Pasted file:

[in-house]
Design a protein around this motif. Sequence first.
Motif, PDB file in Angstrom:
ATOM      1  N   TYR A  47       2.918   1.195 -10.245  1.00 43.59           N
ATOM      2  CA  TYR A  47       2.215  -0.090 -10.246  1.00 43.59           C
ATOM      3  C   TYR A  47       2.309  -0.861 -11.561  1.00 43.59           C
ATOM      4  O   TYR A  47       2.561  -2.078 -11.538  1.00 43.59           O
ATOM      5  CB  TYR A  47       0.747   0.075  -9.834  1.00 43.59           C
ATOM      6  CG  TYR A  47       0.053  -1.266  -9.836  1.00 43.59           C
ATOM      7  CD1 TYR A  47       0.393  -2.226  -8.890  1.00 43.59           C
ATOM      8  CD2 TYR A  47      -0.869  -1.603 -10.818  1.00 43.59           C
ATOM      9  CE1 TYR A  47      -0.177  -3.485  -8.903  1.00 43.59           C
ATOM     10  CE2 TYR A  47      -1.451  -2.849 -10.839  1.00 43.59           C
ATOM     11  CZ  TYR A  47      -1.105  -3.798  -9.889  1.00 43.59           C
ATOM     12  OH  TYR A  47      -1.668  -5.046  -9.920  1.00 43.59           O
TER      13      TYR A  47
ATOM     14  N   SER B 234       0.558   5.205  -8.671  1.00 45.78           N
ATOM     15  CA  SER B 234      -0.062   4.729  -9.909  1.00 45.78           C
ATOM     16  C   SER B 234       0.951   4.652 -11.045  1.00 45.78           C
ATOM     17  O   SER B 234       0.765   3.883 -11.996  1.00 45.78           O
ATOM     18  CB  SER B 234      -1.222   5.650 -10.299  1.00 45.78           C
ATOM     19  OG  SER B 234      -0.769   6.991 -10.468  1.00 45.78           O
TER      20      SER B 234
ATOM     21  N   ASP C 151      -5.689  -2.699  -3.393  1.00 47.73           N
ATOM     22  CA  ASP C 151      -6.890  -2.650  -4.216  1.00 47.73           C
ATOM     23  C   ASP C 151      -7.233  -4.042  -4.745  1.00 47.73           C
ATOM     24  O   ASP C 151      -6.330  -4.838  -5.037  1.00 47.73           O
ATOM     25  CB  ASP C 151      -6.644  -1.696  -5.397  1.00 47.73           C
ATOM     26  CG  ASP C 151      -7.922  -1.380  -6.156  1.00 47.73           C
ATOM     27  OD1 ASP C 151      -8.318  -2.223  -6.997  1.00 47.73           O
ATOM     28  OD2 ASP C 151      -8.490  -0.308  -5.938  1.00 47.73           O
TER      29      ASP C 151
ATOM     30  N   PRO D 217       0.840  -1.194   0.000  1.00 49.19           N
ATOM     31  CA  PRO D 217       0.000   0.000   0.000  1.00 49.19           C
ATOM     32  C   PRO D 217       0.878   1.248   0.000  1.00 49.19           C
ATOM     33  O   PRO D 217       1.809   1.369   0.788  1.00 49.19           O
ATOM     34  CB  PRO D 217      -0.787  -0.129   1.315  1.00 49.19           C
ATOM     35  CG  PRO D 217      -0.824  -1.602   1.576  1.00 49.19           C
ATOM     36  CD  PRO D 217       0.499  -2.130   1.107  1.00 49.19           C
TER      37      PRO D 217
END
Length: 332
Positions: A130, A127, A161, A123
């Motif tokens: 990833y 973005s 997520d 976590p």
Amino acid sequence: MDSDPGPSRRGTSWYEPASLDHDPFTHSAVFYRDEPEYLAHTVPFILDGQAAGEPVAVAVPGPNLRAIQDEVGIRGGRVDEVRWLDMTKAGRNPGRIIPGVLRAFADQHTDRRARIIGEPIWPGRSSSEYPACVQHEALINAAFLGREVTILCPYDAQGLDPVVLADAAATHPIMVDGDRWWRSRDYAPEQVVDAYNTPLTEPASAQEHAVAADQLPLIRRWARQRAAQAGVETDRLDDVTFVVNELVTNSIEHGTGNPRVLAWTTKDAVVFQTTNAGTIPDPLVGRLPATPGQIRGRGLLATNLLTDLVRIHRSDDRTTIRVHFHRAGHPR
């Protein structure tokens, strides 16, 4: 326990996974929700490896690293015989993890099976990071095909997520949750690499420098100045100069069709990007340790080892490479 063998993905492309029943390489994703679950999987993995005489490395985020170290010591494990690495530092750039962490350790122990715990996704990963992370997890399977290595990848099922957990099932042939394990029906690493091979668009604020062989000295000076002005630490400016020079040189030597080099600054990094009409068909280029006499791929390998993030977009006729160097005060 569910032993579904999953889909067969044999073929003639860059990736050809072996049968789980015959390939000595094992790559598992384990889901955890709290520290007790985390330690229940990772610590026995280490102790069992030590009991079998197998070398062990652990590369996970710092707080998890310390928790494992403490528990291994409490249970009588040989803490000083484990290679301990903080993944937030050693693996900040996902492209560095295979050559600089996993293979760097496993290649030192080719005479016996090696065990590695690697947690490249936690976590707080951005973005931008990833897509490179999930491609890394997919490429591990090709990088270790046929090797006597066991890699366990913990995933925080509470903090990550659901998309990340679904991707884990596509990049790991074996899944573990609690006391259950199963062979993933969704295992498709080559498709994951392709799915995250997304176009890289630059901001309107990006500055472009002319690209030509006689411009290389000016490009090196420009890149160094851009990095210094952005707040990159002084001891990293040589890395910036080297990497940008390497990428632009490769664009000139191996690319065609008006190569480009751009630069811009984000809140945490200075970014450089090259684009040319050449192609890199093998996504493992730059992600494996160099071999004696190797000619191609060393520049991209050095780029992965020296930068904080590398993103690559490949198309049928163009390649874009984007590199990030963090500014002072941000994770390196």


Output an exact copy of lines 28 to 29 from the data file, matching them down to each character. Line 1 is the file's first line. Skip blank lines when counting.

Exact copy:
ATOM     25  CB  ASP C 151      -6.644  -1.696  -5.397  1.00 47.73           C
ATOM     26  CG  ASP C 151      -7.922  -1.380  -6.156  1.00 47.73           C